“Interviews, documentation, and the customer satisfaction survey lead to the conclusion that OIR operates effectively with a small staff. Those, moreover, who do business with OIR and know its operations, with very few exceptions, experience a high degree of satisfaction in their dealings with the OIR staff. Of its activity areas, OIR appears to perform most successfully supplying mandated reports to state agencies, administering its various tasks, and providing management information to units of the university.
The two areas of activity that generate the most comment and suggestions are the master planning process and devising measures of organizational effectiveness. Regarding the master planning process, this evaluation confirms the findings of OIR's June 1997 assessment. Upper levels of university administration find the process most useful, yet timeliness of the planning document has proved to be a general concern. Lower levels of administration do not find guidance in the plan or that it directly accommodates their initiatives. In truth many of the concerns expressed about the master planning process do not lie with OIR but with the administration of the process by divisions, colleges, and departments
Similarly, upper level administrators are likely to see benchmarking and other measures of effectiveness as useful or potentially useful, but lower level administrators tend either to be unaware of their use or to see them as potentially threatening. Some comments about performance measures reflect a lack of awareness, at the departmental level, of how existing evaluation processes may address external review requirements. Many of the same respondents are unsure of the nature of university-wide performance measures.”
1) Maintain its capacity to perform the mandated reporting functions in exemplary, efficient fashion.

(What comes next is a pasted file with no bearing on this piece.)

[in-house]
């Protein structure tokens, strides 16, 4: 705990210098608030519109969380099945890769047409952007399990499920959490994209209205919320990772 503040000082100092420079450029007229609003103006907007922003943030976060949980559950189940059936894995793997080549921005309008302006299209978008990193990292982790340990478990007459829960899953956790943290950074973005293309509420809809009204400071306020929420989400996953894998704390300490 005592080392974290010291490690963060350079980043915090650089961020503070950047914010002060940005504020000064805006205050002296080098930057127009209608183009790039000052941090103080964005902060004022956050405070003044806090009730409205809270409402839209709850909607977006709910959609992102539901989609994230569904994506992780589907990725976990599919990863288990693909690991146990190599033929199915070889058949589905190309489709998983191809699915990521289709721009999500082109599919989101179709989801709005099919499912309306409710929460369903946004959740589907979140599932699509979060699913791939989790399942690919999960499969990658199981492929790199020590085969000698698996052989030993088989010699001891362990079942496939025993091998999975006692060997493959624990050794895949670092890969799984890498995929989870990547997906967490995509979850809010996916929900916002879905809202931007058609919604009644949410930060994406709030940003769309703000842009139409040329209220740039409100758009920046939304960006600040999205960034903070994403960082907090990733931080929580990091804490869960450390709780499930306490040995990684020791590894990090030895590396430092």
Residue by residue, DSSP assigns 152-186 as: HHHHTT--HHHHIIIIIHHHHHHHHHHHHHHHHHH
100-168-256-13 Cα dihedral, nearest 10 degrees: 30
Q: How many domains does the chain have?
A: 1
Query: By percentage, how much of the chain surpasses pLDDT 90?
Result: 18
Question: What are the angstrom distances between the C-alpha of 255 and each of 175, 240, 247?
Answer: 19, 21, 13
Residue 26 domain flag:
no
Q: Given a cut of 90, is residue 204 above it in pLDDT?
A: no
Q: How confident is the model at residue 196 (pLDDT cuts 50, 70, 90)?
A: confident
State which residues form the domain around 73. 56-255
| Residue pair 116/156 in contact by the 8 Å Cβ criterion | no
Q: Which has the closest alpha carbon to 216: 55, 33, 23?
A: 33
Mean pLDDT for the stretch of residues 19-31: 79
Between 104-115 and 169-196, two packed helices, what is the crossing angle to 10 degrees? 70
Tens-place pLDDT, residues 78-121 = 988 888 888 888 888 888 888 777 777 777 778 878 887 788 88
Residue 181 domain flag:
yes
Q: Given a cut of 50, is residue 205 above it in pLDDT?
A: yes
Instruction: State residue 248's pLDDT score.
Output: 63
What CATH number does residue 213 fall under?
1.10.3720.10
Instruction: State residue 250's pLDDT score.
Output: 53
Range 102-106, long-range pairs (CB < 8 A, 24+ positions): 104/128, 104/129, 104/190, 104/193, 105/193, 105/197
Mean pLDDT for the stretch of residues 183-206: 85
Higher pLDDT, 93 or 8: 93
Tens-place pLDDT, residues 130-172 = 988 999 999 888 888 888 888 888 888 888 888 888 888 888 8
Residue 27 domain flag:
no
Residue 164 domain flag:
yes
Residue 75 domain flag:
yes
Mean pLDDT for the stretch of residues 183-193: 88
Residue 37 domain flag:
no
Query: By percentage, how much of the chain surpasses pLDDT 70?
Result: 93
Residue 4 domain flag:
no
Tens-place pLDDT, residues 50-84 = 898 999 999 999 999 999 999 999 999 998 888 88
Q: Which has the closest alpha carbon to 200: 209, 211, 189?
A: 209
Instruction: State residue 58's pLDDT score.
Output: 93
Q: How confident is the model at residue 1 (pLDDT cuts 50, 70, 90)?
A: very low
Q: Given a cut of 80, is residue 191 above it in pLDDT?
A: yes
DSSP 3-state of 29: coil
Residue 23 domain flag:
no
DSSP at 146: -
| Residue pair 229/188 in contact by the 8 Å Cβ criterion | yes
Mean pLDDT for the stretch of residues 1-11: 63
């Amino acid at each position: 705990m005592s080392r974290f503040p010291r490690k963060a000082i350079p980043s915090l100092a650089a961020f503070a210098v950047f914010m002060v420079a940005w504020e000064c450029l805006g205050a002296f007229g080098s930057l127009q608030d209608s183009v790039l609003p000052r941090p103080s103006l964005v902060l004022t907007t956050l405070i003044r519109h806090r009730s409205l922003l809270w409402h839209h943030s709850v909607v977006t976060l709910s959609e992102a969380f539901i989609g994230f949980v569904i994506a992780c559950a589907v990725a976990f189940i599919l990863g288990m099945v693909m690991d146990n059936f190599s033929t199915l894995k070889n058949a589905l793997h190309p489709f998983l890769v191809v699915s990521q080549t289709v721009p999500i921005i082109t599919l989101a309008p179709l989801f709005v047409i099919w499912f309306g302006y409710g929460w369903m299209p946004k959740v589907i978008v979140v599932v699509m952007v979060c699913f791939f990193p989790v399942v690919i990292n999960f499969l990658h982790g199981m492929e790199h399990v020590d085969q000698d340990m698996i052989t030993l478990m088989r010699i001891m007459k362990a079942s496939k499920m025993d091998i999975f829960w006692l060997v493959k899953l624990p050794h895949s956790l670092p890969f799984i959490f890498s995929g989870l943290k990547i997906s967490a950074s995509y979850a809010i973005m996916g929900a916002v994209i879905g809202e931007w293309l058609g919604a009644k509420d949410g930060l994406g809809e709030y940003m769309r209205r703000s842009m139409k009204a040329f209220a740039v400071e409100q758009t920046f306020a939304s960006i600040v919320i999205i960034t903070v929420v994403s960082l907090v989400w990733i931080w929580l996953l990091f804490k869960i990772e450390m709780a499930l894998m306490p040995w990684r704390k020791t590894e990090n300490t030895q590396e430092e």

2) Maintain its capacity to coordinate and promulgate the university Master Plan.
3) Maintain its capacity to facilitate and distribute various measures of effectiveness for the university, its subunits, and, specifically, the Division of Administration and Finance.
4) Maintain its capacity to generate accurate reports of information important to management decision making.
5) Maintain its capacity to meet its mission effectively and efficiently.
6) Maintain its strong, cooperative relationships with other offices and divisions that facilitate its several activities so they may continue to be achieved in an exemplary, timely fashion.
7) Clarify and focus, in consultation with higher levels of administration and in light of limited resources, its mission within the growing and changing needs of the university by
a) reexamining the primary functions and responsibilities of OIR,
b) identifying the primary customers that OIR is to serve.
c) reviewing specific OIR activities, such as the facilities inventory, to determine if they may be more effectively administered by other units of the university.
d) Status: OIR’s Mission Statement was revised in 1999-2000
e) Status: The responsibility for updating of the university’s facilities inventory is currently being shared with Resource Planning.
8) Clarify in all communications the source of initiatives (e.g., SCHEV, the legislature, local administration) OIR is undertaking and the role OIR plays in advancing their implementation.
a) Status: This is being accomplished through the quarterly newsletter and in conversations with JMU staff as needed.
9) Continue to raise the profile of OIR's informational services within the university community, especially awareness of its web site offerings.
a) Status: OIR send periodic email messages to various groups about the web site. OIR annually does a mini-evaluation of its services. In October 2000 OIR instituted a quarterly newsletter to all JMU staff.
10) Examine the kinds of managerial information those below the vice-president level need and determine whether these are kinds of information OIR can or should provide.
a) Status: Informal conversations have been held with various offices. OIR also coordinates the Data Analysis Team that has developed the specifications for common downloads of information for decision-making across multiple divisions.
11) Continue to pursue the recommendations of OIR's June 1997 evaluation of the planning process.
a) Status: OIR is working very closely with the Division of Institutional Effectiveness staff to revise the planning process. The web-based planning process should effectively address many of these concerns. Another evaluation of the planning process will occur within the next 12